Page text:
Take a look at this article by Steven Hill, posted on HEFCE blog.
There is considerable, and mounting, evidence that investment in university research makes a difference outside of academia. The impact that such research has is diverse, and depends on a diverse array of disciplinary knowledge.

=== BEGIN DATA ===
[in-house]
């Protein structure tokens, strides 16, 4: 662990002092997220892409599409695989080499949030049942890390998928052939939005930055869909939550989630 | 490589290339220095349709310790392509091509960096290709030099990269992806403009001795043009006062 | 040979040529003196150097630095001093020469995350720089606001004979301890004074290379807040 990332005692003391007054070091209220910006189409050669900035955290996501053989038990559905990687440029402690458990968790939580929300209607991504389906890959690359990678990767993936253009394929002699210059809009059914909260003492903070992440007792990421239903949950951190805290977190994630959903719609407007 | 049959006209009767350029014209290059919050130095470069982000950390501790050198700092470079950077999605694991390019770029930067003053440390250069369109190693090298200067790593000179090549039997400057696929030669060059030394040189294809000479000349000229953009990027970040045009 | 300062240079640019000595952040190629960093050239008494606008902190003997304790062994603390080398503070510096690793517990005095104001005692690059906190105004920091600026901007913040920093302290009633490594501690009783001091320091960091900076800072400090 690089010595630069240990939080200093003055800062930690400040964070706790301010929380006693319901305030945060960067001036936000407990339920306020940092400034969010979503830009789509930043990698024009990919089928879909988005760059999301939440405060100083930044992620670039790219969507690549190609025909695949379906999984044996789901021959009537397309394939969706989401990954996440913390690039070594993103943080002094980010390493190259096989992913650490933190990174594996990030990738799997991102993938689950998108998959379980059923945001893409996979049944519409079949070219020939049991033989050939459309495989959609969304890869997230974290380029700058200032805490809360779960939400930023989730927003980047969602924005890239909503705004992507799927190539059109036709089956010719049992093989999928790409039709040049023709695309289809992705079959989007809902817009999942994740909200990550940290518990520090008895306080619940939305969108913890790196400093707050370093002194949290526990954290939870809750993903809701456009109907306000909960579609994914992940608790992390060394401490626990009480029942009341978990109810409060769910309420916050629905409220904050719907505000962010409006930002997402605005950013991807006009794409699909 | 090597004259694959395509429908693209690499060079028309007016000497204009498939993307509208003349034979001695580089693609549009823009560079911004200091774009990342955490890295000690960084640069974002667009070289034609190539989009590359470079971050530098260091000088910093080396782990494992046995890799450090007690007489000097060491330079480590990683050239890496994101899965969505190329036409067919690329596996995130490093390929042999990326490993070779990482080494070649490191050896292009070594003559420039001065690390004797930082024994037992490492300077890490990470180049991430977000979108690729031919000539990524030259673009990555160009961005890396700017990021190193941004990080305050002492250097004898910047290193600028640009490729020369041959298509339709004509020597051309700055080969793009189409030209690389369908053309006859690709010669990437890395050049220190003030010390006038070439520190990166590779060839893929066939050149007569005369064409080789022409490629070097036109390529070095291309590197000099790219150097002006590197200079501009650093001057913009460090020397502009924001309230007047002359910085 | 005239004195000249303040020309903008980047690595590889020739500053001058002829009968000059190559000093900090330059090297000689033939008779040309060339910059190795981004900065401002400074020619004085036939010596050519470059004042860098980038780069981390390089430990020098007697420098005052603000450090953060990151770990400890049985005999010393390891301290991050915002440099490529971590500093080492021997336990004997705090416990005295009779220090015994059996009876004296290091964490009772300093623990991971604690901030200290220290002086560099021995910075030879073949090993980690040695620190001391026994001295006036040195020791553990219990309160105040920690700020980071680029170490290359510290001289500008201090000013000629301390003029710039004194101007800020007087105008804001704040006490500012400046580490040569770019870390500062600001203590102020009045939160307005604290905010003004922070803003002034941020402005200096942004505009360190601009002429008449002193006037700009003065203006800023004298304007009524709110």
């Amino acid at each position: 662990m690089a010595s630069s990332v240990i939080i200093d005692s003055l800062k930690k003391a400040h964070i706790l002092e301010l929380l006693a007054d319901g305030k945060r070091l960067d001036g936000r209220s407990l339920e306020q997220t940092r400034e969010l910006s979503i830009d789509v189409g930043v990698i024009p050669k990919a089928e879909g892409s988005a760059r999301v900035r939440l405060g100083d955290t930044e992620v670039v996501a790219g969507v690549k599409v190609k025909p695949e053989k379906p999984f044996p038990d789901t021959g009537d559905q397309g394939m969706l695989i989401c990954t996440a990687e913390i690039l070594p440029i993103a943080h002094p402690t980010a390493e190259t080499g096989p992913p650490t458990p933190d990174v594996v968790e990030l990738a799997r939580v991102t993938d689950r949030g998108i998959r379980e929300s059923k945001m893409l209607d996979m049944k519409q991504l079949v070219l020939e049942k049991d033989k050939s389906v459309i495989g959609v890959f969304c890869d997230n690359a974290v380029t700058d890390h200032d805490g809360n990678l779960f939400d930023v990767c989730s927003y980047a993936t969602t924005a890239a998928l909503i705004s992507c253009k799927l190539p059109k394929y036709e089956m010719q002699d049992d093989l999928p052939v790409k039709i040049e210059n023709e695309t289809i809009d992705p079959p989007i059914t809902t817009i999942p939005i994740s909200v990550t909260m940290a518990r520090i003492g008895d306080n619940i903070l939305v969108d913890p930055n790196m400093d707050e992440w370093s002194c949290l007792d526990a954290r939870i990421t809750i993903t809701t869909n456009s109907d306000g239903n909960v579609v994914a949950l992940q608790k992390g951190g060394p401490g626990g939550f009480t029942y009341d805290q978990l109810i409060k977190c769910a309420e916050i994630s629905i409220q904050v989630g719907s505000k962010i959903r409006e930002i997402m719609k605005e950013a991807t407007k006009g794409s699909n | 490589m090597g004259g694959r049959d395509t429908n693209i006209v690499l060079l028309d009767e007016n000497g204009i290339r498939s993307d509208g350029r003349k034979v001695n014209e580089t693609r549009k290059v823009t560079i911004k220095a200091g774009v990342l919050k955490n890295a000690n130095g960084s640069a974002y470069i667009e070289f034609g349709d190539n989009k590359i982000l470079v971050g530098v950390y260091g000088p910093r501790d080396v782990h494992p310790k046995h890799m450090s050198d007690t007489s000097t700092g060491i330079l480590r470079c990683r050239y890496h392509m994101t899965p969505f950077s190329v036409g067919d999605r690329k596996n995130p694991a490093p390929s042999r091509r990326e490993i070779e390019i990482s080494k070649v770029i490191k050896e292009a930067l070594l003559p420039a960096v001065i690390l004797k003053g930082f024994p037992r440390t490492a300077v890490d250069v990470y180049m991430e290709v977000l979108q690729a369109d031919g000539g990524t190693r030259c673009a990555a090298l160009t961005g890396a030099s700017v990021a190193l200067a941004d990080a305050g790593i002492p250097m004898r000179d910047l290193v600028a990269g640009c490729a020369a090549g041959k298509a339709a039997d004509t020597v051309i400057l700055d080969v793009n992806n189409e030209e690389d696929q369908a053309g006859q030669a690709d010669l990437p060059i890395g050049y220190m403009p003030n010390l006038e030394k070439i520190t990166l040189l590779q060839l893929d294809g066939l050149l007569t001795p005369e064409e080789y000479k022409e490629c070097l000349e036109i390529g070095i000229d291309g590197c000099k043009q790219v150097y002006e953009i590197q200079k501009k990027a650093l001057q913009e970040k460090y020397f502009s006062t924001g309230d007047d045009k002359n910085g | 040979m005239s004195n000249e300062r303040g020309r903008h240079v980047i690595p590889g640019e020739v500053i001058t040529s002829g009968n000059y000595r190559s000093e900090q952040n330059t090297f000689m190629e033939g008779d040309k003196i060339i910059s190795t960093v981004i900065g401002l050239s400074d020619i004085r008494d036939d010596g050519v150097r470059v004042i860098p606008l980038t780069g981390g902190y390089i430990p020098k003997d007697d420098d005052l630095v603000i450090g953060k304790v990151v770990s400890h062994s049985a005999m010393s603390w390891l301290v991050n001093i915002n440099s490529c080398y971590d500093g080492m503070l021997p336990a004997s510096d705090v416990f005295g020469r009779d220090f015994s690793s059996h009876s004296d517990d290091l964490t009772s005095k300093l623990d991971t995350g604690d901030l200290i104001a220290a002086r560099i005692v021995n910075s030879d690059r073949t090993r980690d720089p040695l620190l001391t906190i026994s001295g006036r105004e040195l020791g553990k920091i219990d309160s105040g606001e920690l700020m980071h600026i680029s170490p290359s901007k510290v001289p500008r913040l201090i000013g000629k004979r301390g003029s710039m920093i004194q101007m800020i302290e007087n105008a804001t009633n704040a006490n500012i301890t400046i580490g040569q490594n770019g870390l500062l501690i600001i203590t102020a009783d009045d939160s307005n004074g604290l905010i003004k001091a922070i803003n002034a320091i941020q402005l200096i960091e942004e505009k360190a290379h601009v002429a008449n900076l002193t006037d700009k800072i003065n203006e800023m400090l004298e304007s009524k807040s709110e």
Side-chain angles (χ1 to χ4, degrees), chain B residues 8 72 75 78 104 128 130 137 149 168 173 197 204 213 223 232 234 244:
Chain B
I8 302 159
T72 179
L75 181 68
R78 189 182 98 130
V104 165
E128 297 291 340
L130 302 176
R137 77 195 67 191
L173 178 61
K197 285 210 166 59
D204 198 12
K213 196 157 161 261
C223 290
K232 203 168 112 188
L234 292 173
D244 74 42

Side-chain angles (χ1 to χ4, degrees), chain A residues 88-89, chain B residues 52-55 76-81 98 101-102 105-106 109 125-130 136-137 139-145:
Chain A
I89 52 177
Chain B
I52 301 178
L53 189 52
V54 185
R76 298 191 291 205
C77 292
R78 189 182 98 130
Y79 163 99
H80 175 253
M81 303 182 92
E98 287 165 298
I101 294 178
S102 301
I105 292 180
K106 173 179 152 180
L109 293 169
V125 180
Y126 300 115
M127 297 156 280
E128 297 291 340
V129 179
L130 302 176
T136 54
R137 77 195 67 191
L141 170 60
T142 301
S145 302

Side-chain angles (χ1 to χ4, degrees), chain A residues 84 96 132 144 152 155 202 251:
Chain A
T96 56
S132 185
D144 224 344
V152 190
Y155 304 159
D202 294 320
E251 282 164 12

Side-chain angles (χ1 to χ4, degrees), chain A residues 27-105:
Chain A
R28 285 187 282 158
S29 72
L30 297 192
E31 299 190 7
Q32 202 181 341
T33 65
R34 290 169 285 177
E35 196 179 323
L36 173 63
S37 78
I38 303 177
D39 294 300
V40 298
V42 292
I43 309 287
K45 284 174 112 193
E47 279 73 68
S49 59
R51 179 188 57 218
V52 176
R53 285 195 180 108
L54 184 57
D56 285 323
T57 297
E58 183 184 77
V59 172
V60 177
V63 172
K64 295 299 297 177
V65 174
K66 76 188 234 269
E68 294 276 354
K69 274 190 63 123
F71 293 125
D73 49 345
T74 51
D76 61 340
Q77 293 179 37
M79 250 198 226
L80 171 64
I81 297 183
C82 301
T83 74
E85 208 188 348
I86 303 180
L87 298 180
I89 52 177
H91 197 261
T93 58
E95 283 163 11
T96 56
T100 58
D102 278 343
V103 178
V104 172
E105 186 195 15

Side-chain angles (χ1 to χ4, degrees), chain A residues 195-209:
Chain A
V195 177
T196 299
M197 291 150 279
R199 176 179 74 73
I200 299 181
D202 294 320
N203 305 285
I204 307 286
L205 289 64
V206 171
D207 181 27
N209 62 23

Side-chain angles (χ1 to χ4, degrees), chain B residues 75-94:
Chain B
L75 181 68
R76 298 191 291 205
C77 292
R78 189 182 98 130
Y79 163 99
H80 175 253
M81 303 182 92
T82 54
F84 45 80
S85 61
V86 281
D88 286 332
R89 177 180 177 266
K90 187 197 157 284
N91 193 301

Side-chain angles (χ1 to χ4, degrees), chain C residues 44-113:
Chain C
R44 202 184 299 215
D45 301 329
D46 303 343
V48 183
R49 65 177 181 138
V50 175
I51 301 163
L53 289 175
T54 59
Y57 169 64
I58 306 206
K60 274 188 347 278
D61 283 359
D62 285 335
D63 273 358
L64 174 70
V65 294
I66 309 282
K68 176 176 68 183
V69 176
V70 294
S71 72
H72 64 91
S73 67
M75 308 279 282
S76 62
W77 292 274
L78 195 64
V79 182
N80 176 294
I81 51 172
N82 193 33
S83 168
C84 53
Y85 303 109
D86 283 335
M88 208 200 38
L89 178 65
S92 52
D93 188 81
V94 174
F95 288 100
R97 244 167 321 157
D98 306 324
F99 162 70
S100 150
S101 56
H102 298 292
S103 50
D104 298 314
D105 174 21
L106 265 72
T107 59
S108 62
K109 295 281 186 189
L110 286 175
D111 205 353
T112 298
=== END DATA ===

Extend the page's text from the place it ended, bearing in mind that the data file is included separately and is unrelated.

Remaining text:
A key feature of research impact is that it is tangible. Specific people or organisations are affected, and often the impact occurs in specific places. From this stems an important question for research policy: how does the location of the research compare to the location of the impact? Or put another way, if we want to create benefits in a specific place, to what extent should research investment be directed to that location?
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